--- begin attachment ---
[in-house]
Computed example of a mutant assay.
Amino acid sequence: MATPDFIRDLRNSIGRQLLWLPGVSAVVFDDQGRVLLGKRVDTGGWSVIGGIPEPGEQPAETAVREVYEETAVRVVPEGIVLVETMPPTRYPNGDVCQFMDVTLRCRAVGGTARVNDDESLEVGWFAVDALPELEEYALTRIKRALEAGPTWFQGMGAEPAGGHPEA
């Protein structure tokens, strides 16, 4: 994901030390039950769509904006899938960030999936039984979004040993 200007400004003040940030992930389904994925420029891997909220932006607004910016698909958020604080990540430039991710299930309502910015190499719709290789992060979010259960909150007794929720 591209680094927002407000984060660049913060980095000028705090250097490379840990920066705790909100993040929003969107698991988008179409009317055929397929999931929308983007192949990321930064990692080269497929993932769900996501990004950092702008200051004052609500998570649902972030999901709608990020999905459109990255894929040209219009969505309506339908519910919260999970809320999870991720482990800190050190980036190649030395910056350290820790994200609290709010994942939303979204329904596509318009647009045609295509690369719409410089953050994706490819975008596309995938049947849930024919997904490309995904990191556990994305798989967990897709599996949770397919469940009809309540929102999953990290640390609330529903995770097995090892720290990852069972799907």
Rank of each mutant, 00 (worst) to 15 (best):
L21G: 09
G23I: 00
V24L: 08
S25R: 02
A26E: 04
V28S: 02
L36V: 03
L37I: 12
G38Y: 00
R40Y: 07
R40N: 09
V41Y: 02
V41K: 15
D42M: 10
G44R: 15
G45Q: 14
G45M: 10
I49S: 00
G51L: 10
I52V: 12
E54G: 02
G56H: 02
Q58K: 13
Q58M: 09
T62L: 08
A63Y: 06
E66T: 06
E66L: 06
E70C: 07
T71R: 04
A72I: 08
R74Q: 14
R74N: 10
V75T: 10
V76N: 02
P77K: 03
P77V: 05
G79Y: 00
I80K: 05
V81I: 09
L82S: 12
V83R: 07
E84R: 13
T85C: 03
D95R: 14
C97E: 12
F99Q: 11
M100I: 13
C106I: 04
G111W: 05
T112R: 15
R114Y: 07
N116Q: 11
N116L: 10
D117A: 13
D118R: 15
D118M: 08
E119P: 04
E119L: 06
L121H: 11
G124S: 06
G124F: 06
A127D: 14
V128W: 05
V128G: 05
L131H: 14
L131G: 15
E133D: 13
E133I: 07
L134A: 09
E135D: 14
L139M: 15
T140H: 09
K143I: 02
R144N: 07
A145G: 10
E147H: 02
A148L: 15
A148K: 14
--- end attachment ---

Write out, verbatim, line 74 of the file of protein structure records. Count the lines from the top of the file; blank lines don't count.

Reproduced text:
E133I: 07